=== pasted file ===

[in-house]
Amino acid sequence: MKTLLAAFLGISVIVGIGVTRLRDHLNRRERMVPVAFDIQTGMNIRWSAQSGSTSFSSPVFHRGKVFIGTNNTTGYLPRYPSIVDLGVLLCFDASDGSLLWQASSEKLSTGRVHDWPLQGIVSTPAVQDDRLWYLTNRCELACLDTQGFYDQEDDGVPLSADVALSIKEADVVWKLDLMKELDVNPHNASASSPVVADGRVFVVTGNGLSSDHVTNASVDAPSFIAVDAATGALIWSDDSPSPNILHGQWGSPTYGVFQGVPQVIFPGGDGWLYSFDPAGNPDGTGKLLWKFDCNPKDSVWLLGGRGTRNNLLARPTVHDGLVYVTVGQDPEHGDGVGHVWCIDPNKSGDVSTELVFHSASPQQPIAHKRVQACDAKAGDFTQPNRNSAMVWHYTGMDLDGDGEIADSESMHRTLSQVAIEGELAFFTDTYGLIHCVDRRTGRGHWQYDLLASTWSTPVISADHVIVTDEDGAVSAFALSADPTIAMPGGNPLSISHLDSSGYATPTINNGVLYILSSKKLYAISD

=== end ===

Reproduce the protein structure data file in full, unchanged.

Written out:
[in-house]
Amino acid sequence: MKTLLAAFLGISVIVGIGVTRLRDHLNRRERMVPVAFDIQTGMNIRWSAQSGSTSFSSPVFHRGKVFIGTNNTTGYLPRYPSIVDLGVLLCFDASDGSLLWQASSEKLSTGRVHDWPLQGIVSTPAVQDDRLWYLTNRCELACLDTQGFYDQEDDGVPLSADVALSIKEADVVWKLDLMKELDVNPHNASASSPVVADGRVFVVTGNGLSSDHVTNASVDAPSFIAVDAATGALIWSDDSPSPNILHGQWGSPTYGVFQGVPQVIFPGGDGWLYSFDPAGNPDGTGKLLWKFDCNPKDSVWLLGGRGTRNNLLARPTVHDGLVYVTVGQDPEHGDGVGHVWCIDPNKSGDVSTELVFHSASPQQPIAHKRVQACDAKAGDFTQPNRNSAMVWHYTGMDLDGDGEIADSESMHRTLSQVAIEGELAFFTDTYGLIHCVDRRTGRGHWQYDLLASTWSTPVISADHVIVTDEDGAVSAFALSADPTIAMPGGNPLSISHLDSSGYATPTINNGVLYILSSKKLYAISD